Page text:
I do like a bit of horror, and while Silver Chains never reached any
great heights, it offered an unsettling moment or two and a number of
jump scares, and kept me involved in its four hours or so of playtime.
You play as Peter, who having had a car accident looks for help at an
old mansion down the road a bit. It looks promising, but once inside,
the signs of life visible in the window from outside appear to be an
aberration. Old, dusty and dilapidated, the mansion creaks and groans
and invites you to feel uncomfortable as you explore its many floors,
halls and rooms. Something not good happened here, uncovered through
notes strewn and tacked about, and apparitions which suddenly appear.
You are a part of it somehow.
While there is a lot to look at there is not a lot of interactivity.
This isn’t a game
where you open countless drawers and cupboards just to see if there is
anything in there. If you can interact with something it will be
relevant. Much of the house is static, but there are some nice touches
that provide colour and movement (bump into a rocking chair for
Most of what moves, apart from the doors you rattle or successfully
open, are the apparitions (if that is what they are). They can fall from
ceilings, scuttle past in the distance, even explode from walls. One
will kill you if it catches you, an outcome that can generally be
avoided by hiding in a cupboard. A suitable one will always be fairly
close by, so these half dozen or so sequences aren’t
hard, but be prepared to turn tail. Towards the end, on one occasion you
will literally have to run for your life, as hiding no longer works.
The endgame involves a large horned beast that is pursuing you around
a convoluted attic. It isn’t
hard to avoid as you look for the items you need, but it did seem a
little tacked on for some extra length. I had already found the items,
and done what was supposed to be done, but the result was the scattering
of the items and this chase scenario in order to do it all again.
Perhaps I missed the point.
Speaking of which, even allowing for its supernatural tones the story
was somewhat nonsensical. The aforementioned beast punctuated the point.
matter a whole lot, but it meant I was largely playing for reasons other
than a satisfying narrative.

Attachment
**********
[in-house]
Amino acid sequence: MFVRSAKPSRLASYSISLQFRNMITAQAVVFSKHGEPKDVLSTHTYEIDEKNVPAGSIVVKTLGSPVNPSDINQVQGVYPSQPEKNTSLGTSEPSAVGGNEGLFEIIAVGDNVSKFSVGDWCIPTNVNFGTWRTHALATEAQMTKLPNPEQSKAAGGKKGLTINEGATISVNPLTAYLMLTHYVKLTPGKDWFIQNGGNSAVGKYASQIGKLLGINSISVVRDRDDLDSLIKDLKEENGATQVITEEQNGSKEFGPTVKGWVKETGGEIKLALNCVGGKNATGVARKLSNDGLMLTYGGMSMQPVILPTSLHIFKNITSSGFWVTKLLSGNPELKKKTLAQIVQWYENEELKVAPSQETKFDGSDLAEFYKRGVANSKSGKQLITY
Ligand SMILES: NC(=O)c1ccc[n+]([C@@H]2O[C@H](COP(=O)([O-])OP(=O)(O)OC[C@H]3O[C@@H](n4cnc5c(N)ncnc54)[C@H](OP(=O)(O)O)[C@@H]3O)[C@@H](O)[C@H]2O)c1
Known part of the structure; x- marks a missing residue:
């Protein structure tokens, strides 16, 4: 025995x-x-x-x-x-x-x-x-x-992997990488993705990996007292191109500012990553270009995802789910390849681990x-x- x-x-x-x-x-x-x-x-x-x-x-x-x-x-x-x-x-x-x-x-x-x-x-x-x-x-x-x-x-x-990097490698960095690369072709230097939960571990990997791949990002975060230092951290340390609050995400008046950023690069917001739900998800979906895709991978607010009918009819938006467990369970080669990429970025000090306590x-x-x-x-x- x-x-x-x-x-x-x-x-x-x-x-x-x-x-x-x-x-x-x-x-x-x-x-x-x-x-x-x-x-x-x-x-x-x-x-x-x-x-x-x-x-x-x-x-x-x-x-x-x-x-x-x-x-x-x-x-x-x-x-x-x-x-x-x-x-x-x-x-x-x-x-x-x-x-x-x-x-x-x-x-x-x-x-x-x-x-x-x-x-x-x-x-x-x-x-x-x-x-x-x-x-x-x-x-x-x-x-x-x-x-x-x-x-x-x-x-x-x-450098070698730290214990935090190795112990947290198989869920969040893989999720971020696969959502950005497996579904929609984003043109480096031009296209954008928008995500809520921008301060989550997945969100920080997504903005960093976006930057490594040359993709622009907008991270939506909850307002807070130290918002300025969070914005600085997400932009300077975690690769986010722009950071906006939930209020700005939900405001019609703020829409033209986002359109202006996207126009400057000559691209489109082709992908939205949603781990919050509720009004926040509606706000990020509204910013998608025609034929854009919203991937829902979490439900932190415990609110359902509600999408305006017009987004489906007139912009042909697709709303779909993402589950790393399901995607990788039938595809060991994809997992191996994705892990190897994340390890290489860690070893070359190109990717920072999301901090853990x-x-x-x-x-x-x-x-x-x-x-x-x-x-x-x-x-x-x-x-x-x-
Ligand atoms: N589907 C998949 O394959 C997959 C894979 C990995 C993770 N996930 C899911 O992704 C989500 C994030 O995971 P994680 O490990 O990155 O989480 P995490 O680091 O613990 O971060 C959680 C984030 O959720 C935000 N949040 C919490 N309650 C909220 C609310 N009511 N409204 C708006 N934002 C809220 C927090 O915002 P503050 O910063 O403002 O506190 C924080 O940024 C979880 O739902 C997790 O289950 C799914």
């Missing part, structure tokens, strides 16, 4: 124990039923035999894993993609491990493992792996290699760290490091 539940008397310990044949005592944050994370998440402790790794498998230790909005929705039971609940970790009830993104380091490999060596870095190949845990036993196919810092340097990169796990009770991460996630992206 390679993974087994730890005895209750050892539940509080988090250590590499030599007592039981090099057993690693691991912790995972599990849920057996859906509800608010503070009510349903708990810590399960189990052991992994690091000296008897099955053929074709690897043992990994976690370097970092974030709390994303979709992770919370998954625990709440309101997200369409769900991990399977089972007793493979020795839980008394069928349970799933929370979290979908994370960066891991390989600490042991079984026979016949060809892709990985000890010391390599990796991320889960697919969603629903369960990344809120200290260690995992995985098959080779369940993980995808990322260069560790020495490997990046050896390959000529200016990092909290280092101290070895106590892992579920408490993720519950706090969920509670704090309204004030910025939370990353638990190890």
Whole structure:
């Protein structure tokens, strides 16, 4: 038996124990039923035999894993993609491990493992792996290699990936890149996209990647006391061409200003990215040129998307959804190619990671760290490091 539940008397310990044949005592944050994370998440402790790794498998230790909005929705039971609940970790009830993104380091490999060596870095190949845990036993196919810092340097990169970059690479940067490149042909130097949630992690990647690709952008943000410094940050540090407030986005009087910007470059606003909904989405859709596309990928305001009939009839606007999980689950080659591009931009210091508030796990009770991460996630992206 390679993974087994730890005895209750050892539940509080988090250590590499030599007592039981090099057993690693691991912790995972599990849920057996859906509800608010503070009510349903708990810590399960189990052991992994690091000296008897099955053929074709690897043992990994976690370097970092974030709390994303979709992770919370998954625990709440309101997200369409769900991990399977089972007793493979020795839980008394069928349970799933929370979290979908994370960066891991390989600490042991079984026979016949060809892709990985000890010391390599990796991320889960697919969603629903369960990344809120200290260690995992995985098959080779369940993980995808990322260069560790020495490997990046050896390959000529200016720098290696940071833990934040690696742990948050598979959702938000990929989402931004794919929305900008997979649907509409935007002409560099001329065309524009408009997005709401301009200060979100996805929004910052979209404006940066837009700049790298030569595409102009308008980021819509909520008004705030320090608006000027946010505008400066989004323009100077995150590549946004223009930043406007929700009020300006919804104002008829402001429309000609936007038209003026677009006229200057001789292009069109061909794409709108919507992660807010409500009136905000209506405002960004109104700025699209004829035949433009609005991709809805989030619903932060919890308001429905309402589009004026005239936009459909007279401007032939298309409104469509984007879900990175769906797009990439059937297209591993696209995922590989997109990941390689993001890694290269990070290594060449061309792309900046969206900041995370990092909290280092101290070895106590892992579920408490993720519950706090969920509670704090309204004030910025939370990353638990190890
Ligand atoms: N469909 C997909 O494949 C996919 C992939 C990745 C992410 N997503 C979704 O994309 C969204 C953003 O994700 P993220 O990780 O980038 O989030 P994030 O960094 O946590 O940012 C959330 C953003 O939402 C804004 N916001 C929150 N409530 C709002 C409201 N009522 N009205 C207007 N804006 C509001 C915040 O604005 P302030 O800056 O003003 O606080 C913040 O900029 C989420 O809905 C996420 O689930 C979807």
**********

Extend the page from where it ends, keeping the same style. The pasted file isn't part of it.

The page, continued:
Which was the exploration. Regardless of how little there was to poke
in, or the limited number of puzzles to solve or items to find, I did
enjoy my meanderings. The mansion is a big place, more of it opening up
as you go, some parts in interesting ways. You were also never sure what
might be around the corner, which gave it a mild edginess. Both the
muted colour pallet and the soundscape did their parts to add to the
mood. A light will assist you in the darker places once you obtain it,
and a monocle will help you find both your way and various items in the
latter part of the game. You do need to backtrack, and where to next was
Doll parts abound. You encounter them early on, and will come across
them throughout. You need to look for specific parts at one point.
Children also feature, and one scene in particular might be a little
It is played with the mouse and the keyboard, WASD being the default
movement keys although you can map them to any key you want. Your
inventory contains the minimal number of items you find, and while you
can examine it, there isn’t
much else to do in there. You don’t
select items, just having the item will result in it being used, and you
combine or manipulate them. I did though get an insight or two into what
to do next by looking at the items, so its worth having a look when you
find something new. A diary will also keep track of the salient plot
points. The game autosaves as you go, and if you die it just lets you
I played on:
OS: Windows 10, 64 Bit
Processor: Intel i7-9700k 3.7 GHz
RAM: Corsair Dominator Platinum RGB DDR4 32GB
Video card: AMD
Radeon RX 580 8192MB
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